In retrospect, I should be alarmed by the negligence shown by park employees that could have caused me, and very likely many other underage guests, injury or death. Yet my rides in the back seat of that roller coaster in summer 2005 are something I recall fondly, because I survived. The lap bars on that roller coaster has since been altered so that anyone can sit in the back seat safely. I now have bragging rights for experiencing something unique that visitors to the park will never have the option to. I bring this all up because the way I feel about this experience is how former guests and employees of Action Park describe their wild teenage years at the nation’s most dangerous amusement park. Ultimately though, Class Action Park isn’t just about a dangerous amusement park. It’s about how being a child and a teenager has changed. It’s arguably a little safer now, but also a little more boring.

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Consequently, one of the film’s weaknesses is how the aforementioned sense of nostalgia guides viewers’ introduction to the park. For nearly the first two thirds of the film, the tone is comedic and light-hearted. That is understandable to some extent. Some of the things the park’s owner built, like a water slide with a loop at the end, are so ridiculous and so clearly terrible ideas that laughs are inevitable. Of course people were going to get hurt on that. It all gets less funny when you realize that the park cost six guests their lives and injured countless others. When the film does transition to the horrific accounts of these deaths, it does so effectively. I liked that the film starts off humorous and then gets darker. It helps the viewer understand the park’s appeal, and how that is something that made it even more dangerous, but that structure also creates an imbalance in tone. That said, the filmmakers deserve praise for the selection of interview subjects and the variety of individual stories that are shared here. They also back everything up with extensive B-roll footage from the park and, where B-roll can’t explain how dangerous a particular ride experience was, animation is used to provide viewers with vivid visual detail.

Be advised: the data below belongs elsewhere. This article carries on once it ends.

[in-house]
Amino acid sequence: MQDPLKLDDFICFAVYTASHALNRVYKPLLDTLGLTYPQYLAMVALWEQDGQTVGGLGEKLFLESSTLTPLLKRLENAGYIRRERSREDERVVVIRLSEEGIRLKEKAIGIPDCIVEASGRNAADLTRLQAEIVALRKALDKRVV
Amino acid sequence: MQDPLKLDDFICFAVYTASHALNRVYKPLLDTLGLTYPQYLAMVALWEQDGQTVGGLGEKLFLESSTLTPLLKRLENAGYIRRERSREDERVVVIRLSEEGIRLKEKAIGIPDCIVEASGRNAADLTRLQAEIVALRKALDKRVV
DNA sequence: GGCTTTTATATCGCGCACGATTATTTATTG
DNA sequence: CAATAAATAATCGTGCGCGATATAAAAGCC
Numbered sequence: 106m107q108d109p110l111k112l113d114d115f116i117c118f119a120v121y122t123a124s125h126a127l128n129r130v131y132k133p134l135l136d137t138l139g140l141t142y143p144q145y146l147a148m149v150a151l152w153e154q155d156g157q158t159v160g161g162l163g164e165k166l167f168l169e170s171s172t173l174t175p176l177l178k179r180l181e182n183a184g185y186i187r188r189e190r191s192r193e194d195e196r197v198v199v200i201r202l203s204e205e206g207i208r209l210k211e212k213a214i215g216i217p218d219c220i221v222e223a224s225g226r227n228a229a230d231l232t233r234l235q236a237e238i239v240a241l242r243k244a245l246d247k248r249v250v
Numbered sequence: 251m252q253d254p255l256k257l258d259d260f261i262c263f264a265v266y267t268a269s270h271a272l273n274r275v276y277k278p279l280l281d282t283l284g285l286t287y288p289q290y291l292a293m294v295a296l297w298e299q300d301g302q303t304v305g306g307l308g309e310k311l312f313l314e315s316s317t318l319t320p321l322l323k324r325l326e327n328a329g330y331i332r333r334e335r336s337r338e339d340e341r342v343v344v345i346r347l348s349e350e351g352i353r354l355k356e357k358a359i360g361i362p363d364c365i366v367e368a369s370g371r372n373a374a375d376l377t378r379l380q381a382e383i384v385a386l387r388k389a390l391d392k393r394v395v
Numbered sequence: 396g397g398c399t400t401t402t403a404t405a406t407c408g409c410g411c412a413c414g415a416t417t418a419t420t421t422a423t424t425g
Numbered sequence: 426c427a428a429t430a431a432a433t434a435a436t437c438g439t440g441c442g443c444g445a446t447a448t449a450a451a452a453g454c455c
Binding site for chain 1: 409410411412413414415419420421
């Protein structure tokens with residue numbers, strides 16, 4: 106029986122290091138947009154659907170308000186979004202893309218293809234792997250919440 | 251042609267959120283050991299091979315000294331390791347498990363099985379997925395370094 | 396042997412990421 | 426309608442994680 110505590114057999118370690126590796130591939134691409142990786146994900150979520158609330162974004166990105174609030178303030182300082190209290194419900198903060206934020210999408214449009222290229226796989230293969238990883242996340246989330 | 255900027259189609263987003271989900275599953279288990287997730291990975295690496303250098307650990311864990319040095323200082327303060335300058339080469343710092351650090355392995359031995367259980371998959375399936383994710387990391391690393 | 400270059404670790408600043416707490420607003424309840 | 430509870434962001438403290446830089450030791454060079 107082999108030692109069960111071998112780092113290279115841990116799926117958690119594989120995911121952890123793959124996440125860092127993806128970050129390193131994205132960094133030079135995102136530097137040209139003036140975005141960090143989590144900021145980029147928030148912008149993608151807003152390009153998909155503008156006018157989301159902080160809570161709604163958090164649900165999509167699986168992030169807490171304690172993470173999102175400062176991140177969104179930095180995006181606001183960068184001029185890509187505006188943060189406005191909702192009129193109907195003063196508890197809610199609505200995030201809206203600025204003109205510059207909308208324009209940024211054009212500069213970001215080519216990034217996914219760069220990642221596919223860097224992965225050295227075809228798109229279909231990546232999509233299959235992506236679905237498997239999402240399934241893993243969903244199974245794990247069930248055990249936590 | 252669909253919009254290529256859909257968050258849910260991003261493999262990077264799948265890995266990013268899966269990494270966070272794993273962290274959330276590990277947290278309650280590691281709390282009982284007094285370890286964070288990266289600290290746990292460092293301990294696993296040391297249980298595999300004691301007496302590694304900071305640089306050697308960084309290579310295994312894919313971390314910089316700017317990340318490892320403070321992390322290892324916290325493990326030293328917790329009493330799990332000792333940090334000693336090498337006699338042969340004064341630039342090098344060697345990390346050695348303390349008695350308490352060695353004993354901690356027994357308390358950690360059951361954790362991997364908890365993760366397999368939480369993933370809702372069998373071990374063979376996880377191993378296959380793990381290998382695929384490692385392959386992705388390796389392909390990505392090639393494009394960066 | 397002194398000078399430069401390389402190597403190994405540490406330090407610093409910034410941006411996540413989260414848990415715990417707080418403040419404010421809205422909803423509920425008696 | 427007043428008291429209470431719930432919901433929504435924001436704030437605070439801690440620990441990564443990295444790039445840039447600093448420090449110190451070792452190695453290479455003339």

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Class Action Park tells a fascinating story that also asks what we’re willing to let businesses get away with in the name of a healthy economy. Though the focus in this story is on a local economy, Directors Chris Charles Scott and Seth Porges draw parallels between the corruption and negligence practiced by Action Park Owner Gene Mulvihill to that of other key business figures. I’ve noticed that some other reviews of the film have included this tidbit in their headline, so it’s not really a spoiler when I say that Donald Trump, currently the Republican’s greatest champion of deregulation and letting businesses run wild, even thought Action Park was too much.

Class Action Park is streaming now on HBO Max.